Wasim Abdo
    She wants to improve my and the Palestinians' lives? Why now? She has been sleeping for six years. What happened?


    Wasim Abdo, flower shop owner, Gaza


    America and Israel are always against the Palestinian people. I don't think they will ever adopt a [positive] stance towards the Palestinian people.


    Moran, waitress, Jerusalem


    Do you think Condoleezza Rice will be able to effect any change in the Palestinian unity government’s stance towards the recognition of Israel?


    Moran, Jerusalem
    I hope she will make some peace between us and the Palestinians. It is a problem that we live in the same country, yet we have so many problems – from our side and their side.


    Are you hopeful that the unity government will progress in the region?


    I hope so. Firstly, they have to recognise Israel. They have to resolve their issues – they're killing each other and it's really wrong.


    We're human. We have children, and we want to live.


    Supermarket owner, Ramallah, West Bank


    What do you expect from the meeting?


    Ramallah shopkeeper

    I do not expect anything [positive] from Rice's visit. On the contrary, I think it will affect the formation of the national unity government.


    During her previous visits, we found out that every delay in the formation of the national unity government is caused by Rice's visits and direct US-Israeli pressure.


    Even if a national unity government was formed, the Israelis would demand it to be formed according to their and the US standards. That is why Rice's visit would do nothing in the region. 

    The US wants these meetings to divert the attention of the international community away from the real events going on in al-Quds and the repressive practices against the Palestinians.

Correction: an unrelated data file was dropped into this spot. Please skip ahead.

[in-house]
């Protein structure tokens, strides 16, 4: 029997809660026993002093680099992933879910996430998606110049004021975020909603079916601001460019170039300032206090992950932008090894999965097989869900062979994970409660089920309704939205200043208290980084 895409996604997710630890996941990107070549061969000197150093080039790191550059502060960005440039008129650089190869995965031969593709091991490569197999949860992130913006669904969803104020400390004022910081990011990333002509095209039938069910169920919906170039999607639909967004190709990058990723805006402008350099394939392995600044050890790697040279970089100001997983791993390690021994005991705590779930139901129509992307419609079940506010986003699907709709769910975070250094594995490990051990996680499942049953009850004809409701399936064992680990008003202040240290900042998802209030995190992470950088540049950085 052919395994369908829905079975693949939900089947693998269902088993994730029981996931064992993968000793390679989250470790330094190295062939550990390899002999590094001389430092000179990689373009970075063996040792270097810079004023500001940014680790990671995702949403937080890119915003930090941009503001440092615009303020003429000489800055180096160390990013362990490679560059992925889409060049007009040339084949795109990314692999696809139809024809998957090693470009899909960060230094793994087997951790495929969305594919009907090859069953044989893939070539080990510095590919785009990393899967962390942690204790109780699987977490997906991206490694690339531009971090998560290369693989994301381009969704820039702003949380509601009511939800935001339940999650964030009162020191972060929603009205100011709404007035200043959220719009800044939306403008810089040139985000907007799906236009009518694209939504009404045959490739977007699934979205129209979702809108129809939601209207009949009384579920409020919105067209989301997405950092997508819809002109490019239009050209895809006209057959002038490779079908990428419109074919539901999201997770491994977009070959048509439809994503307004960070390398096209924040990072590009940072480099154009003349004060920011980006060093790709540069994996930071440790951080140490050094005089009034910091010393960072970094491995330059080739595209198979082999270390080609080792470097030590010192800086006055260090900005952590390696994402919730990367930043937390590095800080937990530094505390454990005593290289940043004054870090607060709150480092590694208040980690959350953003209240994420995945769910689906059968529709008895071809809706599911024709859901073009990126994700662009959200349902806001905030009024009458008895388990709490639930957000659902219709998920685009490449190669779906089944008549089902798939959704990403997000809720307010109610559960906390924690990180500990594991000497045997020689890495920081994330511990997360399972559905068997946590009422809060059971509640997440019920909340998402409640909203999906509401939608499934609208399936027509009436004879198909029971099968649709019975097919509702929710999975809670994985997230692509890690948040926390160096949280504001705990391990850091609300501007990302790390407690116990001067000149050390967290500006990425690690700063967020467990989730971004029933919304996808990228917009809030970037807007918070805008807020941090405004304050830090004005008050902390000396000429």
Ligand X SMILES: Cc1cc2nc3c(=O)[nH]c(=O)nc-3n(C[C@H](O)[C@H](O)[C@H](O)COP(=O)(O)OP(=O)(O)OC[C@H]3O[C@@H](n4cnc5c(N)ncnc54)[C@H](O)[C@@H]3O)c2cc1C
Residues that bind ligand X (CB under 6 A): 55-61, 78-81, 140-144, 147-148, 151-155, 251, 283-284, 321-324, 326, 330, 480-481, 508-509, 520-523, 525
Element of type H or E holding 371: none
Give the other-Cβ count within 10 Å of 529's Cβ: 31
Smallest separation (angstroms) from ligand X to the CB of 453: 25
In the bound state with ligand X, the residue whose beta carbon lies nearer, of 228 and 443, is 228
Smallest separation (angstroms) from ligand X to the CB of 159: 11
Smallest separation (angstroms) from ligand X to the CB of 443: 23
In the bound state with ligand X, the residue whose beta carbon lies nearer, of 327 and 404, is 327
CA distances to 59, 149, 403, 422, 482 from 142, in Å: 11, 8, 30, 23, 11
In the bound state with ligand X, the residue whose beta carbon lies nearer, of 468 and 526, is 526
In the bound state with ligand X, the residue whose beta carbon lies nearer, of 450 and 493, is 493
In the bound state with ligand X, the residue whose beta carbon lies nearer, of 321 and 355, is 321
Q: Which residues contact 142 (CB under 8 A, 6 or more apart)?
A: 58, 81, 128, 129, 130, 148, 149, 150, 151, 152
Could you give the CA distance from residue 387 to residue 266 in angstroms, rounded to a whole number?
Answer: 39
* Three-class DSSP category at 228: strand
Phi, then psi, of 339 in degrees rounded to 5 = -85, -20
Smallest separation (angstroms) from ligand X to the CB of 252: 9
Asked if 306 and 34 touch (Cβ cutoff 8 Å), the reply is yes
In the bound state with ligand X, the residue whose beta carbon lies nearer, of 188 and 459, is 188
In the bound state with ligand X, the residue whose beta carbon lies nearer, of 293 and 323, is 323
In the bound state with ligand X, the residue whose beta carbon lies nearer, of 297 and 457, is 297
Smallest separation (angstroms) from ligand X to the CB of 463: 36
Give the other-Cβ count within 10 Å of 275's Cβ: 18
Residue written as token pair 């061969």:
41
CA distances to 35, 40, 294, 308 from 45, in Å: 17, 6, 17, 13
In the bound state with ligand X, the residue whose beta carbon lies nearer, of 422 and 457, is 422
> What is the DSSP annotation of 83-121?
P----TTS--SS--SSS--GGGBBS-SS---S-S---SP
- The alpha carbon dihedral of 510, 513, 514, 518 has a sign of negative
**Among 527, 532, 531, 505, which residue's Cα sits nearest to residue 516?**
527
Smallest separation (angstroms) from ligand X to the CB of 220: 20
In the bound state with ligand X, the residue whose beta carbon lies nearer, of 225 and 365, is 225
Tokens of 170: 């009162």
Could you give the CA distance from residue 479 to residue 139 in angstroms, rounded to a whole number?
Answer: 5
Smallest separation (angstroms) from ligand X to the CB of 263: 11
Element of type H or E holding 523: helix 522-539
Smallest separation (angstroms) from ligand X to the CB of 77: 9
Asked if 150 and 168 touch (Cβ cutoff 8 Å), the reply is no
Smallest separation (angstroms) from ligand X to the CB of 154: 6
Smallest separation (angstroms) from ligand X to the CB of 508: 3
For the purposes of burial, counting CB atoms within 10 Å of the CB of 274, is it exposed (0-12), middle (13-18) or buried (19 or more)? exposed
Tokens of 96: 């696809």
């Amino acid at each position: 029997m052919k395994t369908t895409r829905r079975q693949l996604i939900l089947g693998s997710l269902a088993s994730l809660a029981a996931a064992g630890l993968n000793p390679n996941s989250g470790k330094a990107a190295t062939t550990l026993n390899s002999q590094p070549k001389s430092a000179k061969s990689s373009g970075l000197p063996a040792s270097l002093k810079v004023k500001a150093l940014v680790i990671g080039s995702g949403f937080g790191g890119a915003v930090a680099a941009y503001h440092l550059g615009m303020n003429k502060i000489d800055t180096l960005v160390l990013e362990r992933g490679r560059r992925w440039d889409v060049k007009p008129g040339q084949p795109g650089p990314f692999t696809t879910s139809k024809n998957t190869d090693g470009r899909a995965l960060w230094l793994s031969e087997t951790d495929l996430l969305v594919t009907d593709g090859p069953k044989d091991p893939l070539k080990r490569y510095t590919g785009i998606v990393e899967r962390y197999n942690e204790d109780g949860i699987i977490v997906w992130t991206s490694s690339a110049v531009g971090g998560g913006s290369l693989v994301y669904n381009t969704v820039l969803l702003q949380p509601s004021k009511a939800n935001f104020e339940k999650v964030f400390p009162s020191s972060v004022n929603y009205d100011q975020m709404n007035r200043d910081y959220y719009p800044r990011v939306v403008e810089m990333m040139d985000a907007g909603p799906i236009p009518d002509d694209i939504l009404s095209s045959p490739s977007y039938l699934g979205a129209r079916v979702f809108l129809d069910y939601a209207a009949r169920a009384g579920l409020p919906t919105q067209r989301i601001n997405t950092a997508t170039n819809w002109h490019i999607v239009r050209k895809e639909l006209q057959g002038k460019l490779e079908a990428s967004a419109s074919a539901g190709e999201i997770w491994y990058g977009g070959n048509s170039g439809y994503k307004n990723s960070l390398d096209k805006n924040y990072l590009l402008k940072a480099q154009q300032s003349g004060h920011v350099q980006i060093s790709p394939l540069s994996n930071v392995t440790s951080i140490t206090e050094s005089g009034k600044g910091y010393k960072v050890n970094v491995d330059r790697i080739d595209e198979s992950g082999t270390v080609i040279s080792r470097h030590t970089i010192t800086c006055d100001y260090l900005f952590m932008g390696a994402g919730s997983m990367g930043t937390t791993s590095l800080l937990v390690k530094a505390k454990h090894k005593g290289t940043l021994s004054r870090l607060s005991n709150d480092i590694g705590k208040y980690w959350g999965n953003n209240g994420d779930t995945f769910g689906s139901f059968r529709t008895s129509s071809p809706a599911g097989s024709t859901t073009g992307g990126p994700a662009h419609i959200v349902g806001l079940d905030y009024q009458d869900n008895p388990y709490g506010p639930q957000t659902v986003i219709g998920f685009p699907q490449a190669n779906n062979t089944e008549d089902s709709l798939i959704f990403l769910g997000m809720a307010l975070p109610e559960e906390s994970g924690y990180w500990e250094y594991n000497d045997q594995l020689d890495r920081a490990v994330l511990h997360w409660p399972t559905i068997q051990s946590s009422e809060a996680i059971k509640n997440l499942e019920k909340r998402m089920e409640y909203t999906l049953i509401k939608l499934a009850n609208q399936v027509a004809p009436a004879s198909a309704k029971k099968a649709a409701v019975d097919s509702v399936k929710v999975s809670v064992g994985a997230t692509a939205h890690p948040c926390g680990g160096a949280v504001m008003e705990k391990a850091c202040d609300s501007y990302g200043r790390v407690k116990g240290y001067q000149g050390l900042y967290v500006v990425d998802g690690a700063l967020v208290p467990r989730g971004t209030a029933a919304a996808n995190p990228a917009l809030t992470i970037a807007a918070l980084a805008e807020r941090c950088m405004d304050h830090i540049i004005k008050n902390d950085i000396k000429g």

Following Abbas's meeting, they said that some detainees would be released, but none were released. They said they would remove the checkpoints, but they set up more checkpoints.


    Itzik, sandwich shop owner, Jerusalem


    Itzik, Jerusalem
    What do you think of the Palestinian unity government? Should Israel accept it?


    I don't think we should accept it because Hamas doesn't want to make any peace with Israel. They don't want to recognise us. Hamas don't follow the idea of the Palestinian president.


    What do you think will happen in the trilateral summit?


    Nothing, nothing. It will be the same as usual. Maybe if Abbas won a new election, something would have happened. Right now, Hamas doesn't want to make a solution and people are suffering.

    SOURCE: Al Jazeera


    Interactive: How does your country vote at the UN?

    Interactive: How does your country vote at the UN?

    Explore how your country voted on global issues since 1946, as the world gears up for the 74th UN General Assembly.

    'We were forced out by the government soldiers'

    'We were forced out by the government soldiers'

    We dialled more than 35,000 random phone numbers to paint an accurate picture of displacement across South Sudan.

    Interactive: Plundering Cambodia's forests

    Interactive: Plundering Cambodia's forests

    Meet the man on a mission to take down Cambodia's timber tycoons and expose a rampant illegal cross-border trade.